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    With regards to the blurb - I think the first paragraph alone would be stronger. The second paragraph (beginning "For Christine...") felt a little saccharine to me, and also partly answered the questions posed by the first paragraph, thus draining away some of the tension.

    The basic idea for the cover looks interesting. I feel like the balloon adds a slightly humorous touch - is that what you're going for?
     
  4. David K. Thomasson
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    David K. Thomasson Contributing Member

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    I love the concept. The execution is a bit ragged. Maybe something more like this?

    [​IMG]
     
  5. Thomas Kitchen
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    Thomas Kitchen Proofreader in the Making Contributor

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    @David K. Thomasson - I love this so much, man! I think the graph-like paper on the bottom third of the cover is a nice touch, as it has a 'hospitalish' quality to it. As for the ragged execution of my poor cover, it's because I have no skill in computer editing whatsoever. As weird as this sounds, would it be all right if I could use the cover you created, in case I do eventually self-publish?

    In fact, I wouldn't be at all against you doing all of my book covers, should any of them need self-publishing! :D
     
  6. David K. Thomasson
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    David K. Thomasson Contributing Member

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    Sure, you can have this one as a freebie. Here's the full size -- same size that you posted:

    [​IMG]
     
  7. Mckk
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    Mckk Moderator Staff Supporter Contributor

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    Love the concept, and I agree with maia that Anna might look good in red, or some other crayon colour. I prefer the child-like writing of Anna over David's version, but otherwise David's version looks superb to me :)

    I also agree with another poster that your second paragraph, beginning with, "When Christine.." feels/sounds very typical, almost boring. I'd rewrite it and add more emotion - so far, it's just a list of questions/problems. How about a little direct thought from Christine, or a passage directly from the book instead?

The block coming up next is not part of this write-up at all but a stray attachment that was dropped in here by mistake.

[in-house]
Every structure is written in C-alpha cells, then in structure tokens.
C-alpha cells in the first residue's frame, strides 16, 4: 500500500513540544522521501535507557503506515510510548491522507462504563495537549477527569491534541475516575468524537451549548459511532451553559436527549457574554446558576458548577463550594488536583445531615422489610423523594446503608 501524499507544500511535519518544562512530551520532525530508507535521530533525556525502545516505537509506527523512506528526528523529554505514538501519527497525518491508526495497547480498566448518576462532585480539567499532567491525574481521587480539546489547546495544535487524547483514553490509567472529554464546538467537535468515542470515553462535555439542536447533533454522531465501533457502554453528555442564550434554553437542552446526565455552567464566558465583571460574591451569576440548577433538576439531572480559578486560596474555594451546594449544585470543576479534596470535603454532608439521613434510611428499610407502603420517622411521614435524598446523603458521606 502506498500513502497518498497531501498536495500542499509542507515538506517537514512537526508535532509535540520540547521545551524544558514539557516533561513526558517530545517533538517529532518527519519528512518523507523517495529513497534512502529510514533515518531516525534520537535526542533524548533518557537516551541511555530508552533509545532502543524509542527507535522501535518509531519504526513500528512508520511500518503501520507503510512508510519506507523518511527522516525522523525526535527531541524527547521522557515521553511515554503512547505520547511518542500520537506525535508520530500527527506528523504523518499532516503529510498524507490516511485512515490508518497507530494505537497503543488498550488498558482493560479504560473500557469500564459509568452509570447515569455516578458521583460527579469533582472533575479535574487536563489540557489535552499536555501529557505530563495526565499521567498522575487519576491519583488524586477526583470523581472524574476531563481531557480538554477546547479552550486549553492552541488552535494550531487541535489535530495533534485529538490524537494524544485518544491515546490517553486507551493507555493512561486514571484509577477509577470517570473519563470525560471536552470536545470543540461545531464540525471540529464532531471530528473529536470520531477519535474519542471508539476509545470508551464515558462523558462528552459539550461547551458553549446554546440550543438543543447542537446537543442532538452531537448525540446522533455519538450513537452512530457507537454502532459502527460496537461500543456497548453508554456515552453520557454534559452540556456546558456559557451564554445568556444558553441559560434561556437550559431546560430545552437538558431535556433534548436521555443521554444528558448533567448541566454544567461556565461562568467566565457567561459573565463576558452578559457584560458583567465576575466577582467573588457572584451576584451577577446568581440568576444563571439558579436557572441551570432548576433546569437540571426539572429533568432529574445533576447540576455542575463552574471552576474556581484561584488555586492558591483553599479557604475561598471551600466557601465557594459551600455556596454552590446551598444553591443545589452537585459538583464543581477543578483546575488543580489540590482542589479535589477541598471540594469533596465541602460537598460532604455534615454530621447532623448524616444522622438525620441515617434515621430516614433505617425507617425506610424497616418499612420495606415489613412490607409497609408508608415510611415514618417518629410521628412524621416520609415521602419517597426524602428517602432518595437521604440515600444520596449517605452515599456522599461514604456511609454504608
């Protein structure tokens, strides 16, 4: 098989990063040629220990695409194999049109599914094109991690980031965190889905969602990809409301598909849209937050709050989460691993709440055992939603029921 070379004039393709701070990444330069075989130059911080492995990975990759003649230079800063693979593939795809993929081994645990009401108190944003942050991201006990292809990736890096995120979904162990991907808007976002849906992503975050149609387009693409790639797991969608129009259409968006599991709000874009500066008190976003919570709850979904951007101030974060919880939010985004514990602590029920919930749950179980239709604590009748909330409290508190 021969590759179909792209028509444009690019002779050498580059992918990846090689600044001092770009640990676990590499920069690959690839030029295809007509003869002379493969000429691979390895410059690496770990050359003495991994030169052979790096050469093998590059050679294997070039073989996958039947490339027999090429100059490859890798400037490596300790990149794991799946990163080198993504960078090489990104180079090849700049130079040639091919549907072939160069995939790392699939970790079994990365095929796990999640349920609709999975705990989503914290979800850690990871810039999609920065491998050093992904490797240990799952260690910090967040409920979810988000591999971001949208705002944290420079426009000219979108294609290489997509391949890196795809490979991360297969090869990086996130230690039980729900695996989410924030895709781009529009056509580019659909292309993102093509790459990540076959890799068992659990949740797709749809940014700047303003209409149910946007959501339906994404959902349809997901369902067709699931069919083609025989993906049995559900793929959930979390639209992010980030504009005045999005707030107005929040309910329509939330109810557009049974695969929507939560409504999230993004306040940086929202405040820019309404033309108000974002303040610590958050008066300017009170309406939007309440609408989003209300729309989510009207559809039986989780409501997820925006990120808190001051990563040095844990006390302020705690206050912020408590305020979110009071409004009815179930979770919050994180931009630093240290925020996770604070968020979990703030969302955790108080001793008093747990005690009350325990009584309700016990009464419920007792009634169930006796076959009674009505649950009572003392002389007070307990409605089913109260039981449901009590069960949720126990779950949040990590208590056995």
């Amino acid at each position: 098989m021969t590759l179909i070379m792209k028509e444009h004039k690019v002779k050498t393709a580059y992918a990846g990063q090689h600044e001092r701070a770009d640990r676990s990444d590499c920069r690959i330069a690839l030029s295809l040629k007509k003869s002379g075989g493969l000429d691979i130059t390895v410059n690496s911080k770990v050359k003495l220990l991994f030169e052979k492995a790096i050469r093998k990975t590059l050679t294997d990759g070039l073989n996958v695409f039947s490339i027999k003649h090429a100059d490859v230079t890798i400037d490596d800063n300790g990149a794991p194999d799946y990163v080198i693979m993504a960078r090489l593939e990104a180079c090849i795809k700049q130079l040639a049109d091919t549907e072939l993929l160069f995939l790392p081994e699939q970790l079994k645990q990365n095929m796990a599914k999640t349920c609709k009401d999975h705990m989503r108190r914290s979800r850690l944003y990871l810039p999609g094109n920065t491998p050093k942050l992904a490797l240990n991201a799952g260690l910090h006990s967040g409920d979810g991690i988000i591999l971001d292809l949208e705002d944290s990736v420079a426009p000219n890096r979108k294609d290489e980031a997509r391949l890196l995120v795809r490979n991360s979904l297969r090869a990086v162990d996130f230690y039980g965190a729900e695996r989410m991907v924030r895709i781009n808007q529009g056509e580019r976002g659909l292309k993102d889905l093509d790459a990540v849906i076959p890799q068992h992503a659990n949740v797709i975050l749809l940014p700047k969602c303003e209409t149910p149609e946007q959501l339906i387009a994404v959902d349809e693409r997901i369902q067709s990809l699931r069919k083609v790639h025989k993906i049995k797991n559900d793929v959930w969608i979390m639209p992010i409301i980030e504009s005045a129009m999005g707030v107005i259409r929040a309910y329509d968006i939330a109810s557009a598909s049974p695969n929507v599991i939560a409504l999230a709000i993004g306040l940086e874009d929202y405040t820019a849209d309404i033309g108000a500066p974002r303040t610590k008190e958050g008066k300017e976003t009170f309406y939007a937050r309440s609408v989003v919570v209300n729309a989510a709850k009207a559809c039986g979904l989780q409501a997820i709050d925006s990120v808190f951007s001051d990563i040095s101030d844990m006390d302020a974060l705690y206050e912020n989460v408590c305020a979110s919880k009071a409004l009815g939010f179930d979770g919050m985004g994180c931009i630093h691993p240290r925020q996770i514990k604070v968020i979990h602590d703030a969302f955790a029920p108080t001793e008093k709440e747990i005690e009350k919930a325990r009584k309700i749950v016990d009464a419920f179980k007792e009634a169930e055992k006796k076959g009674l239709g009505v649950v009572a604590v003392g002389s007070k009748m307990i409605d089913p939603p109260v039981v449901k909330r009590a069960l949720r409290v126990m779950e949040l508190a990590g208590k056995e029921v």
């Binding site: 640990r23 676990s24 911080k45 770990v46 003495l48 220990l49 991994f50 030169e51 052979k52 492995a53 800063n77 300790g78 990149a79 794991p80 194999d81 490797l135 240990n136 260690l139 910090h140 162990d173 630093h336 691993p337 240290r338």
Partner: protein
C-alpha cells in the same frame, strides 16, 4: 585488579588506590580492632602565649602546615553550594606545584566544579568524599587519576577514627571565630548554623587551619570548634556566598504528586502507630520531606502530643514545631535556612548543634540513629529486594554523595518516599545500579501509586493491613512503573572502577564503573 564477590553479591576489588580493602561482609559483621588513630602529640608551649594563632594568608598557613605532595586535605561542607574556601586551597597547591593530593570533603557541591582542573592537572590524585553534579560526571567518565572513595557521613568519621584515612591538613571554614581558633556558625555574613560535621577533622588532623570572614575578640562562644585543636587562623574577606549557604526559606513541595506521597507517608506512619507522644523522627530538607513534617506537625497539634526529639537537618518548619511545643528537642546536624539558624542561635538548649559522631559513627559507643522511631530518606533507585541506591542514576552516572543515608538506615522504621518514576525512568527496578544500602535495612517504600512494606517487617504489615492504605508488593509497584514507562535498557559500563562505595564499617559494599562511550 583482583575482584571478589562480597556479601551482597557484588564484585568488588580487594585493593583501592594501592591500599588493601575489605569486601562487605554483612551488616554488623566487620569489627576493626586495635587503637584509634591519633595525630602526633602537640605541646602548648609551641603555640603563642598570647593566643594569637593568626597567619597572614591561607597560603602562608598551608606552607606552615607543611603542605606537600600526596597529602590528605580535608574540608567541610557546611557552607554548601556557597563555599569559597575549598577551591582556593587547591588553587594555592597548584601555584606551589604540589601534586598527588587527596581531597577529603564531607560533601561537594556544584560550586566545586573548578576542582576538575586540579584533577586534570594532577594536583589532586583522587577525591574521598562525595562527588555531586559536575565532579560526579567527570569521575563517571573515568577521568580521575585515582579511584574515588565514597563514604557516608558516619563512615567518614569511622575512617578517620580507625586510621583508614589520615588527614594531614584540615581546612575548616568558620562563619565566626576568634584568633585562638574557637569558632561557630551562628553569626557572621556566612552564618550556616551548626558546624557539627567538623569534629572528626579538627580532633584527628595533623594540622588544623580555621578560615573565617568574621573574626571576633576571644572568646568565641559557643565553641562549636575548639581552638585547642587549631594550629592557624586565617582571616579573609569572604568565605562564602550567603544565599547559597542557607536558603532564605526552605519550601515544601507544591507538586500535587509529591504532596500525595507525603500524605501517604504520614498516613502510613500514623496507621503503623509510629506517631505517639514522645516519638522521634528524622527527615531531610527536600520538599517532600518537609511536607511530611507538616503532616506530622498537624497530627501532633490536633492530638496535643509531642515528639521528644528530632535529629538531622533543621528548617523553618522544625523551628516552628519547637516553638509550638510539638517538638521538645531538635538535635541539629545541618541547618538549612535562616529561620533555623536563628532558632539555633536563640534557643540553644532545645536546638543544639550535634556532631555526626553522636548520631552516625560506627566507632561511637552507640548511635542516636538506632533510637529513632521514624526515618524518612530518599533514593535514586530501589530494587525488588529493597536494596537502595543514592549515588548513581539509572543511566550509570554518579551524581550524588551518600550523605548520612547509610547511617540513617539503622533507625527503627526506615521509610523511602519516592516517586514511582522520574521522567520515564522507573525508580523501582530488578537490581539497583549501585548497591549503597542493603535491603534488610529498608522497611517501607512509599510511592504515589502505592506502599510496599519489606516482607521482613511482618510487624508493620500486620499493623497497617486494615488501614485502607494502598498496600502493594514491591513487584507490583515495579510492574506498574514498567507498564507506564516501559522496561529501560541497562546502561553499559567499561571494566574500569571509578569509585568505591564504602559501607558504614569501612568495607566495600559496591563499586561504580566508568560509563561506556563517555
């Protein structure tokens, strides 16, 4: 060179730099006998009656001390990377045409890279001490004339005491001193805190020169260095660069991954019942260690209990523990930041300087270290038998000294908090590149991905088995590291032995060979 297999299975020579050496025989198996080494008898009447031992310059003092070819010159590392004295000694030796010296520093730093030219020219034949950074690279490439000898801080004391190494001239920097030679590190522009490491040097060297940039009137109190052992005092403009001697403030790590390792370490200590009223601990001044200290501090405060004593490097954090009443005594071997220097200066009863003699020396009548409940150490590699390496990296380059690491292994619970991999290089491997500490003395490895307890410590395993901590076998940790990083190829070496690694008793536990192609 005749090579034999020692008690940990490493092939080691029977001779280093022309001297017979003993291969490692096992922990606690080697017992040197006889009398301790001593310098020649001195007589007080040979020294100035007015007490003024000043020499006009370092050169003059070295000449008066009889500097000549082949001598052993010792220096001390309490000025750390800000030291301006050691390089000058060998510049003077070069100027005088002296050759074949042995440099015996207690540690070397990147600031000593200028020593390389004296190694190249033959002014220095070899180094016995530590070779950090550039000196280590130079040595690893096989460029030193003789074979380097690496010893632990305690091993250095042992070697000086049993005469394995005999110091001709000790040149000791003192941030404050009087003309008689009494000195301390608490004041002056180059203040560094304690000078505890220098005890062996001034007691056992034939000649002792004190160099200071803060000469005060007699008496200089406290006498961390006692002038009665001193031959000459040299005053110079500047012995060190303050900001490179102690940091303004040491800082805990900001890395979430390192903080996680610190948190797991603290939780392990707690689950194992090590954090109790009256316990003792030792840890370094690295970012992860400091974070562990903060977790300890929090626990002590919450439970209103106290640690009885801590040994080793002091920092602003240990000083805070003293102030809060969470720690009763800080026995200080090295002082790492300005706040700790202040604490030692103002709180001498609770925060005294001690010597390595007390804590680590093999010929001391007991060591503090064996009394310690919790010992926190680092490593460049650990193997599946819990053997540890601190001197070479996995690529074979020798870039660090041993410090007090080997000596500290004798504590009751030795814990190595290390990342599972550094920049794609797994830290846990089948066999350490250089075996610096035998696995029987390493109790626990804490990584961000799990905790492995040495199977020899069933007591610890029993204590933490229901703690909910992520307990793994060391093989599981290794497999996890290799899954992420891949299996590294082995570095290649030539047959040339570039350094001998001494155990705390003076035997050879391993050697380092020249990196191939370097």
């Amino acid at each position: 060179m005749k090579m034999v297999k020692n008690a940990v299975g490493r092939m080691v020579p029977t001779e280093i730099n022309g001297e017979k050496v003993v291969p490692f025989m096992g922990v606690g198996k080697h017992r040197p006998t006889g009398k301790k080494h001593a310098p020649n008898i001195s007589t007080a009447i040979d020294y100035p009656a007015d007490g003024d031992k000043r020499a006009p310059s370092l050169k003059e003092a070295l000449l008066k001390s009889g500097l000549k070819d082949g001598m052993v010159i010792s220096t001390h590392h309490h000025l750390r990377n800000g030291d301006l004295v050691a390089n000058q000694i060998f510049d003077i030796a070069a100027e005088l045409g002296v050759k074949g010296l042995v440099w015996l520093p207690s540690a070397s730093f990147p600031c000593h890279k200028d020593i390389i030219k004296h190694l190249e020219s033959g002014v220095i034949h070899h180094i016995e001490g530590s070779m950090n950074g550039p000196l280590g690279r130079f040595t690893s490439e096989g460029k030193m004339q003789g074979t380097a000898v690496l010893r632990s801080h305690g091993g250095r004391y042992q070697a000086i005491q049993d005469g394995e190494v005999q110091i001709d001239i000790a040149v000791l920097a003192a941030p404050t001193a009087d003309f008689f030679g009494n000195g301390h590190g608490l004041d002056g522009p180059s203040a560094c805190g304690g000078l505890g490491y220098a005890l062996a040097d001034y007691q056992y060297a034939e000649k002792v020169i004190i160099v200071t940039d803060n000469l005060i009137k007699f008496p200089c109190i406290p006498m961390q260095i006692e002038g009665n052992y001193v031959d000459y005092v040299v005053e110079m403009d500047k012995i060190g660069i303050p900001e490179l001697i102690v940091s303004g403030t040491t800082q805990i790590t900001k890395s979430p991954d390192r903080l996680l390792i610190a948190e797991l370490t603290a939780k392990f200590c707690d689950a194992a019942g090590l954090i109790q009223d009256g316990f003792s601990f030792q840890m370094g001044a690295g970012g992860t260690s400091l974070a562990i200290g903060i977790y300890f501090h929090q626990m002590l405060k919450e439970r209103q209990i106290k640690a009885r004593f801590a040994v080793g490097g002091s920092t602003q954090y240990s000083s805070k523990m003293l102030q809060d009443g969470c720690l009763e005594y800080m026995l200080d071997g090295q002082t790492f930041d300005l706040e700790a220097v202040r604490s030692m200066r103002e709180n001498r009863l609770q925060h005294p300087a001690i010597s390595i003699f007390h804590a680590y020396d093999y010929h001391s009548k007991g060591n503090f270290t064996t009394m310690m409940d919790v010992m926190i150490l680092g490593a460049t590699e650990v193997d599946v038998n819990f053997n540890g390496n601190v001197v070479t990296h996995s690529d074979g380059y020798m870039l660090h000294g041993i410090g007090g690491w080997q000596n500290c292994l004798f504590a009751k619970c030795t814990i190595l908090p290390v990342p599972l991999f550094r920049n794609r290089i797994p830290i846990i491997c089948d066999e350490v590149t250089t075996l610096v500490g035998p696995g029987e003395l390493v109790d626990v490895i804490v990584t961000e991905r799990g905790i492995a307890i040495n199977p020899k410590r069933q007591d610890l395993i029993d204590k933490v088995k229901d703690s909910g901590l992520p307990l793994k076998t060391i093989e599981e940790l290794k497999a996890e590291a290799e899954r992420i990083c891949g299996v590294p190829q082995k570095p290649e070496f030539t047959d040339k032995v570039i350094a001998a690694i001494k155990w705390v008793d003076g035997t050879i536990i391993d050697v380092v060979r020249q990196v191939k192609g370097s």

Otherwise, I like the beginning with the one word cancer cancer thing :) Perhaps it might be more dramatic to do it like maia had in her post and lump the repeated word cancer together. You know, like this: Cancer...cancercancercancer.

    It suggests better that racing panic and is more visual. I've seen it done in Toni Morrison's book, The Bluest Eye, and it was very, very striking and disturbing.
     
  8. David K. Thomasson
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    David K. Thomasson Contributing Member

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    Me, too. I don't have that particular font, but here's one that's more childlike ...

    [​IMG]

    Another, just for fun . . .

    [​IMG]
     
    Last edited: Feb 8, 2014
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  9. Thomas Kitchen
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    Thomas Kitchen Proofreader in the Making Contributor

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    I prefer the purple-fronted one, actually. Is there any chance you could do a red colouring of "Anna", just to see if it's any good? :D I'm just thinking it might link it a bit more nicely to the balloon.
     
  10. David K. Thomasson
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    David K. Thomasson Contributing Member

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    That's easy enough ...

    [​IMG]
     
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  11. mammamaia
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    mammamaia nit-picker-in-chief Contributor

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    love it!

    only suggestions i have now:

    flatten the line out after the first 3 'beats' so it's clear that a 'flatline' preceded the balloon/anna's lifeline break...

    use a simple 'normal' font for the by line, since the author isn't also a child... as is, it seems to be implying the author is either a child, or handicapped in some way...